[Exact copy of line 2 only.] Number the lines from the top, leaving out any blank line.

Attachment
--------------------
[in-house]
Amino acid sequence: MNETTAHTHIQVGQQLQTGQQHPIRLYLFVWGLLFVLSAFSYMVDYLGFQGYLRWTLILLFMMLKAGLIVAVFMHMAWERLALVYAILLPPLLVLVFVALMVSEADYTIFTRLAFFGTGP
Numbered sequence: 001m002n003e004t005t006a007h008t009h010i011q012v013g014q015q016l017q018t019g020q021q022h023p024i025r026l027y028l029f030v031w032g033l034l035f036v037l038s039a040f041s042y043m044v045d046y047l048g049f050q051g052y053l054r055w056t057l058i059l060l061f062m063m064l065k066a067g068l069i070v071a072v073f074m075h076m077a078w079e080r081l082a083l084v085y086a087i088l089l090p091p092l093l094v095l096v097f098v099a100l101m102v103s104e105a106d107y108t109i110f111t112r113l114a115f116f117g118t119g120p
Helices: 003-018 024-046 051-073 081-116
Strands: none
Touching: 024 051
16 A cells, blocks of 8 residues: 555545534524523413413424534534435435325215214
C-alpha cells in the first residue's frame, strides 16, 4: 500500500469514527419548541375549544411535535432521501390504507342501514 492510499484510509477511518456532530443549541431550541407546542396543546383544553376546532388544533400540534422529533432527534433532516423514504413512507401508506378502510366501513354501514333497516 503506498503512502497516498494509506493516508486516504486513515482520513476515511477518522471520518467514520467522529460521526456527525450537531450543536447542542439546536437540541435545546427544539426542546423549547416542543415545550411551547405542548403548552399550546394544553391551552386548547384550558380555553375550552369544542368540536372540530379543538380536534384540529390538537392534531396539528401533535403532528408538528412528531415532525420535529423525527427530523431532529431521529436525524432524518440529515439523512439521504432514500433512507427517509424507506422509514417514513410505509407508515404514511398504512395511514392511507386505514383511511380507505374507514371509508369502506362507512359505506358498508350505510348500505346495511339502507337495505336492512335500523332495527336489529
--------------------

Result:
Amino acid sequence: MNETTAHTHIQVGQQLQTGQQHPIRLYLFVWGLLFVLSAFSYMVDYLGFQGYLRWTLILLFMMLKAGLIVAVFMHMAWERLALVYAILLPPLLVLVFVALMVSEADYTIFTRLAFFGTGP